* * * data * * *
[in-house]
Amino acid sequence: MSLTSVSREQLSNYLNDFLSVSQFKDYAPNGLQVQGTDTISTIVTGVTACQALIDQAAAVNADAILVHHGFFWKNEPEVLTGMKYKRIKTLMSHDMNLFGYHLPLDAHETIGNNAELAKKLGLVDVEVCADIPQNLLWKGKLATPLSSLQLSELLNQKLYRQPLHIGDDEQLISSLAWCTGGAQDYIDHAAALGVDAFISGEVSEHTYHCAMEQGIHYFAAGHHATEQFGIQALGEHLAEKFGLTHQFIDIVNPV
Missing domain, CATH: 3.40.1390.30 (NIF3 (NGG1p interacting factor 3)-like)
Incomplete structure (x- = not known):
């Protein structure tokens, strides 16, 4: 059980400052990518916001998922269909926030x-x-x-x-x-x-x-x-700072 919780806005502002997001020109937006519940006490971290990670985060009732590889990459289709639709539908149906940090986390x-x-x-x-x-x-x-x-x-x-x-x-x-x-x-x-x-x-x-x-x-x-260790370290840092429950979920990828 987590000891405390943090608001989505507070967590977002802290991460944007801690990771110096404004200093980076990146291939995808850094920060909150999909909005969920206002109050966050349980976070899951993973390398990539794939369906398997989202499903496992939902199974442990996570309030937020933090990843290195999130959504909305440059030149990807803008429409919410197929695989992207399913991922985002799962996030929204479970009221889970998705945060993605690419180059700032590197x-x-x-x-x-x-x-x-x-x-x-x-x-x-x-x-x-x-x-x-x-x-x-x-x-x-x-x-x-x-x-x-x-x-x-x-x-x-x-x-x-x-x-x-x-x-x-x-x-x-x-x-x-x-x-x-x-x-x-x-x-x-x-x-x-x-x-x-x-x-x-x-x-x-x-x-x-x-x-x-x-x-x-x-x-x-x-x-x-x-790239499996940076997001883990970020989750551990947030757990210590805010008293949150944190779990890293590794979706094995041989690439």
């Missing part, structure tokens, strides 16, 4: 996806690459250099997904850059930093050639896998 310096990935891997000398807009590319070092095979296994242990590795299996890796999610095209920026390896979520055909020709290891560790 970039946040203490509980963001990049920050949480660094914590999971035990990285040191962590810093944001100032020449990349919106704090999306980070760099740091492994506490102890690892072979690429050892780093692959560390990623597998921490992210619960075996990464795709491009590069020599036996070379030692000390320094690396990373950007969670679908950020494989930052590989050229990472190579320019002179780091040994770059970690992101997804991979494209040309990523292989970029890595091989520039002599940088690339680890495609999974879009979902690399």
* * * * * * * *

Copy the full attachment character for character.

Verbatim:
[in-house]
Amino acid sequence: MSLTSVSREQLSNYLNDFLSVSQFKDYAPNGLQVQGTDTISTIVTGVTACQALIDQAAAVNADAILVHHGFFWKNEPEVLTGMKYKRIKTLMSHDMNLFGYHLPLDAHETIGNNAELAKKLGLVDVEVCADIPQNLLWKGKLATPLSSLQLSELLNQKLYRQPLHIGDDEQLISSLAWCTGGAQDYIDHAAALGVDAFISGEVSEHTYHCAMEQGIHYFAAGHHATEQFGIQALGEHLAEKFGLTHQFIDIVNPV
Missing domain, CATH: 3.40.1390.30 (NIF3 (NGG1p interacting factor 3)-like)
Incomplete structure (x- = not known):
């Protein structure tokens, strides 16, 4: 059980400052990518916001998922269909926030x-x-x-x-x-x-x-x-700072 919780806005502002997001020109937006519940006490971290990670985060009732590889990459289709639709539908149906940090986390x-x-x-x-x-x-x-x-x-x-x-x-x-x-x-x-x-x-x-x-x-x-260790370290840092429950979920990828 987590000891405390943090608001989505507070967590977002802290991460944007801690990771110096404004200093980076990146291939995808850094920060909150999909909005969920206002109050966050349980976070899951993973390398990539794939369906398997989202499903496992939902199974442990996570309030937020933090990843290195999130959504909305440059030149990807803008429409919410197929695989992207399913991922985002799962996030929204479970009221889970998705945060993605690419180059700032590197x-x-x-x-x-x-x-x-x-x-x-x-x-x-x-x-x-x-x-x-x-x-x-x-x-x-x-x-x-x-x-x-x-x-x-x-x-x-x-x-x-x-x-x-x-x-x-x-x-x-x-x-x-x-x-x-x-x-x-x-x-x-x-x-x-x-x-x-x-x-x-x-x-x-x-x-x-x-x-x-x-x-x-x-x-x-x-x-x-x-790239499996940076997001883990970020989750551990947030757990210590805010008293949150944190779990890293590794979706094995041989690439």
């Missing part, structure tokens, strides 16, 4: 996806690459250099997904850059930093050639896998 310096990935891997000398807009590319070092095979296994242990590795299996890796999610095209920026390896979520055909020709290891560790 970039946040203490509980963001990049920050949480660094914590999971035990990285040191962590810093944001100032020449990349919106704090999306980070760099740091492994506490102890690892072979690429050892780093692959560390990623597998921490992210619960075996990464795709491009590069020599036996070379030692000390320094690396990373950007969670679908950020494989930052590989050229990472190579320019002179780091040994770059970690992101997804991979494209040309990523292989970029890595091989520039002599940088690339680890495609999974879009979902690399």